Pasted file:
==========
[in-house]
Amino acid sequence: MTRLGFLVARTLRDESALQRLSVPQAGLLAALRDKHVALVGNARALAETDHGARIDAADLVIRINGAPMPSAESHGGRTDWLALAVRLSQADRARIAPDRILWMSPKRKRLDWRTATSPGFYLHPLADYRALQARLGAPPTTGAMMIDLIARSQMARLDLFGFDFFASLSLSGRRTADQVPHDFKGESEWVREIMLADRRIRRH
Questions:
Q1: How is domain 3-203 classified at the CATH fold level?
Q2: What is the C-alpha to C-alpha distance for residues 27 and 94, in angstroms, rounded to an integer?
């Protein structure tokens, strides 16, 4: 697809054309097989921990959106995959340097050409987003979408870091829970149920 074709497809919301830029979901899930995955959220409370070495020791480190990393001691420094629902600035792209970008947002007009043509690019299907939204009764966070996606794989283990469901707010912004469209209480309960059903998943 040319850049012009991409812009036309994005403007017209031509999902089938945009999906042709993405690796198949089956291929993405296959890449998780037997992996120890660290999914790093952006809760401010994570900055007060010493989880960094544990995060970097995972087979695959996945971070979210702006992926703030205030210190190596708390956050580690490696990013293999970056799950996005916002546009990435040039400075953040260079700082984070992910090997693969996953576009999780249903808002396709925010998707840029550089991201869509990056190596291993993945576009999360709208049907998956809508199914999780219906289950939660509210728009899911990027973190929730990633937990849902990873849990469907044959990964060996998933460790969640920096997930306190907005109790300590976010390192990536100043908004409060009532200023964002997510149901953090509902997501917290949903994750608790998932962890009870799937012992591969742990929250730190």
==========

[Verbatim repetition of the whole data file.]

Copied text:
[in-house]
Amino acid sequence: MTRLGFLVARTLRDESALQRLSVPQAGLLAALRDKHVALVGNARALAETDHGARIDAADLVIRINGAPMPSAESHGGRTDWLALAVRLSQADRARIAPDRILWMSPKRKRLDWRTATSPGFYLHPLADYRALQARLGAPPTTGAMMIDLIARSQMARLDLFGFDFFASLSLSGRRTADQVPHDFKGESEWVREIMLADRRIRRH
Questions:
Q1: How is domain 3-203 classified at the CATH fold level?
Q2: What is the C-alpha to C-alpha distance for residues 27 and 94, in angstroms, rounded to an integer?
């Protein structure tokens, strides 16, 4: 697809054309097989921990959106995959340097050409987003979408870091829970149920 074709497809919301830029979901899930995955959220409370070495020791480190990393001691420094629902600035792209970008947002007009043509690019299907939204009764966070996606794989283990469901707010912004469209209480309960059903998943 040319850049012009991409812009036309994005403007017209031509999902089938945009999906042709993405690796198949089956291929993405296959890449998780037997992996120890660290999914790093952006809760401010994570900055007060010493989880960094544990995060970097995972087979695959996945971070979210702006992926703030205030210190190596708390956050580690490696990013293999970056799950996005916002546009990435040039400075953040260079700082984070992910090997693969996953576009999780249903808002396709925010998707840029550089991201869509990056190596291993993945576009999360709208049907998956809508199914999780219906289950939660509210728009899911990027973190929730990633937990849902990873849990469907044959990964060996998933460790969640920096997930306190907005109790300590976010390192990536100043908004409060009532200023964002997510149901953090509902997501917290949903994750608790998932962890009870799937012992591969742990929250730190």